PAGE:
/~iaunrc/content/gy%C3%B6rgy-kara
Course Code: 
R564

Mongolia's Middle Ages

Asked about Mongolia, the average person knows only about the world empire built by Genghis Khan. Recent visitors to Mongolia may have heard about the 1990 democratic transition, the previous Communist rule, and Russo-Chinese rivalries. But what happened in between the fall of the Mongol empire in 1368 and the twentieth century? This class “fills in the gaps” in our common knowledge of Mongolia.

Regions Covered: 
Mongolia
Historical Central Eurasia
Course Code: 
R561
When Taught: 
Spring 2013

Modern Inner Mongolia

What region in the world has the largest population of ethnic Mongols? What region in Chinese was the first testing ground for the Chinese Communist minority policy? What region in China has had the most lasting impact from the Japanese occupation during World War II? What region of the world produces the largest part of the world’s cashmere and most of its rare earths? Which region in China suffered the most in the Cultural Revolution? The answer to all these questions is: Inner Mongolia.

Regions Covered: 
China
Mongolia
Course Code: 
R662
When Taught: 
Fall 2011

Mongol Century

This course deals with the empire built by the Mongols in the 13th century—the largest land empire in the world. Most readings will be from translated primary sources of the 13th and 14th centuries, written by the Mongols themselves and also by Persians, Chinese, Eastern Christians, Europeans, and other peoples that fought, surrendered to, or traded with the Mongol conquerors.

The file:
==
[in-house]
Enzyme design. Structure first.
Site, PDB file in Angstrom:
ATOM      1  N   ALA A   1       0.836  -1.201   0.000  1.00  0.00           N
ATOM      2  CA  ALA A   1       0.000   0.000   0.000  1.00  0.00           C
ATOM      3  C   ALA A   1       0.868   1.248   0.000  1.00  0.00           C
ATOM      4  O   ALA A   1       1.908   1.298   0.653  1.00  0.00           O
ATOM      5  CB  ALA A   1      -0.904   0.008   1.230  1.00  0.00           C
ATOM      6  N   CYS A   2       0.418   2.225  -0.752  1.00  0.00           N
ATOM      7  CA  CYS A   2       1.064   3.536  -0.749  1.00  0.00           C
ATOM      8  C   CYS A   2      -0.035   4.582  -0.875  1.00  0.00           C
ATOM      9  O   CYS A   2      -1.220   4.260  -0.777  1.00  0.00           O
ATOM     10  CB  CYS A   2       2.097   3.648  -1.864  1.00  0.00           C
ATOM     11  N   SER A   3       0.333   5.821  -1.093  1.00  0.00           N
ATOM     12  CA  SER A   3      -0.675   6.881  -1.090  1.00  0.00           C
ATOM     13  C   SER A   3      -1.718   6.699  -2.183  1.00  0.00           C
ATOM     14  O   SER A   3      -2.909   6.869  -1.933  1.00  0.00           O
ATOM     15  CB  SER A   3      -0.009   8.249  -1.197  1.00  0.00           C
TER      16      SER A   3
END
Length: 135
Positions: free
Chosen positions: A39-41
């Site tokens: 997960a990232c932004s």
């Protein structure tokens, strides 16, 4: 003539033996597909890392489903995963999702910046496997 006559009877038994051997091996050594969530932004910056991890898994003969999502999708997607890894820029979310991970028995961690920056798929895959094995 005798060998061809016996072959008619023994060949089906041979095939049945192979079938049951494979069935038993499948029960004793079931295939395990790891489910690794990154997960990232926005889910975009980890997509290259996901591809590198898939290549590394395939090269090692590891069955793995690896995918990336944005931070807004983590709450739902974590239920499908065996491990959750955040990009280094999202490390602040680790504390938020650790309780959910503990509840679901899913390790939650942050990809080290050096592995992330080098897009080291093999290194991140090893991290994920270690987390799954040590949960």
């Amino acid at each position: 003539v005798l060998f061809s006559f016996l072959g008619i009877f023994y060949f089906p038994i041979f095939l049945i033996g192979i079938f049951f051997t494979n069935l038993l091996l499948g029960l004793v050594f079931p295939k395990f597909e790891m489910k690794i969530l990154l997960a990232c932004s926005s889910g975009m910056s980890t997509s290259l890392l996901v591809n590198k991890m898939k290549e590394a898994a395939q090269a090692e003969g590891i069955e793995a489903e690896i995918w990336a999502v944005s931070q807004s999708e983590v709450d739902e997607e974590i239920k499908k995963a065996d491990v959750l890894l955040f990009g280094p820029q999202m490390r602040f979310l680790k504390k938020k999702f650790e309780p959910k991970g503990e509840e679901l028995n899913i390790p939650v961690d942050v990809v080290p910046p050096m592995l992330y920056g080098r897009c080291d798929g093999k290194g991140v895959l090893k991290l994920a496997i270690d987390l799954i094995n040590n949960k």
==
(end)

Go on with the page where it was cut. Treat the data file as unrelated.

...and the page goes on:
Regions Covered: 
Mongolia
Historical Central Eurasia
Course Code: 
R593
When Taught: 
Fall 2010

Property in Central Eurasia

Regions Covered: 
China
Hungary
Iran
Kazakhstan
Mongolia
Romania
Tajikistan
Turkmenistan
Uzbekistan
Xinjiang Uyghur Autonomous Region
Historical Central Eurasia

A land of nomads and industrialists, communists and capitalists, media moguls and pirates all at the same time, Central Eurasia has been a testing ground-and battleground-for some of society’s greatest experiments in property: what can (or should) be owned, who can own it, and what they can do with it. This course explores the development of conceptions of property and property rights in Central Eurasia, from the establishment of rights over hunting and grazing grounds to fights over copyright and patents.

Professor: 
/~iaunrc/content/kathryn-graber
Course Code: 
R599
When Taught: 
Spring 2013

Mongolian Languages and Dialects

Regions Covered: 
Mongolia

The course investigates the following topics in all attested Mongolic languages: language and dialects; periods, sources, and scripts; vowels & vowel harmony; consonants; historical morphology; personal pronouns; the n-stems; changes of in verb systems; plurals; fusion, contraction; syntax change; negation & interrogation; word order; lexicon and loan words.

Professor: 
/~iaunrc/content/gy%C3%B6rgy-kara
Course Code: 
R666
When Taught: 
Fall 2013